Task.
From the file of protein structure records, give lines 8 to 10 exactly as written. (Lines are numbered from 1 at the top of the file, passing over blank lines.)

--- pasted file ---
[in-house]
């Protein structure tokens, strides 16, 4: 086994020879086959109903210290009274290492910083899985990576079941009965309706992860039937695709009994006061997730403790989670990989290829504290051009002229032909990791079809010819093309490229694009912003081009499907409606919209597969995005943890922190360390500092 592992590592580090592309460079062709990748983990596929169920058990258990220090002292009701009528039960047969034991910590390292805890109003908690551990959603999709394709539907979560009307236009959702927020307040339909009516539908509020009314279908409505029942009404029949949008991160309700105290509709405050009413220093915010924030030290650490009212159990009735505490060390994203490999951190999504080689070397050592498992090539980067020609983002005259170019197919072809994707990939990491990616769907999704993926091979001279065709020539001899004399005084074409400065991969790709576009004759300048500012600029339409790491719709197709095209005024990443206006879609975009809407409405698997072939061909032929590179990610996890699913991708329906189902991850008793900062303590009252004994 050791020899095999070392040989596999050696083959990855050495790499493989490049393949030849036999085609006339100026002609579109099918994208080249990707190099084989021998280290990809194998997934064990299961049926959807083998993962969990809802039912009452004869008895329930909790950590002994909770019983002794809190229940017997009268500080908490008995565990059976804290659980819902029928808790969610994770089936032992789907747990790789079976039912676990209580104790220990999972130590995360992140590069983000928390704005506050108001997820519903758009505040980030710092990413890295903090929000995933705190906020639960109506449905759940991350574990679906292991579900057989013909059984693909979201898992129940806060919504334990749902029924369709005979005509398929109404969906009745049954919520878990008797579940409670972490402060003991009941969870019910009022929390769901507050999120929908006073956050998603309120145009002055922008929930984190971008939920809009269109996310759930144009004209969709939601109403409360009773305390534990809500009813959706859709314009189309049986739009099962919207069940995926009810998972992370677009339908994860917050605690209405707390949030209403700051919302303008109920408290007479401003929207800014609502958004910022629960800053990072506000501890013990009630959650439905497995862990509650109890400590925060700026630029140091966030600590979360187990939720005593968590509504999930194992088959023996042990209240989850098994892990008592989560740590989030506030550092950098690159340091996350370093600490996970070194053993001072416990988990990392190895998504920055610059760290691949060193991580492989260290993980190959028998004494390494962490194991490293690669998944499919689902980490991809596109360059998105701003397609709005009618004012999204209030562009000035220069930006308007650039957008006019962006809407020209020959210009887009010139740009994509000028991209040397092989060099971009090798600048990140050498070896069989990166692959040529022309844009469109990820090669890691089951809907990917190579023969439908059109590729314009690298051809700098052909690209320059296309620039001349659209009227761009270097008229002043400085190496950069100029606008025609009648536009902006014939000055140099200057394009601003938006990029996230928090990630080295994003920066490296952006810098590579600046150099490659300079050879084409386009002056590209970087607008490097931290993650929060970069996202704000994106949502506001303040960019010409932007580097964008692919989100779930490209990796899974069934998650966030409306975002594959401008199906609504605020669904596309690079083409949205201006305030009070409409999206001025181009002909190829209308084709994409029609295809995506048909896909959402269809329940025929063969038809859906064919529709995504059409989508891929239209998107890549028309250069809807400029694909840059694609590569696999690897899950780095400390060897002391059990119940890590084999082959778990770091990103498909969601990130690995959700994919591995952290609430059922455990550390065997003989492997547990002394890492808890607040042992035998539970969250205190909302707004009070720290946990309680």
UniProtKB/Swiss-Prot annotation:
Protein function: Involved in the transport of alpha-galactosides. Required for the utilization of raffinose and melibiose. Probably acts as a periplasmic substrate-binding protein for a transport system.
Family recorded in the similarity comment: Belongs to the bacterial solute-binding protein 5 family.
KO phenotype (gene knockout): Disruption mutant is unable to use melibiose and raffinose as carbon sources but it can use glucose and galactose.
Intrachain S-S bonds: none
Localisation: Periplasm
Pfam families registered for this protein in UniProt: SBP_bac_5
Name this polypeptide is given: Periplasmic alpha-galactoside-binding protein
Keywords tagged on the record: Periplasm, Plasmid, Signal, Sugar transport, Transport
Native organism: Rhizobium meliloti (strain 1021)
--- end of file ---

Localisation: Periplasm
Pfam families registered for this protein in UniProt: SBP_bac_5
Name this polypeptide is given: Periplasmic alpha-galactoside-binding protein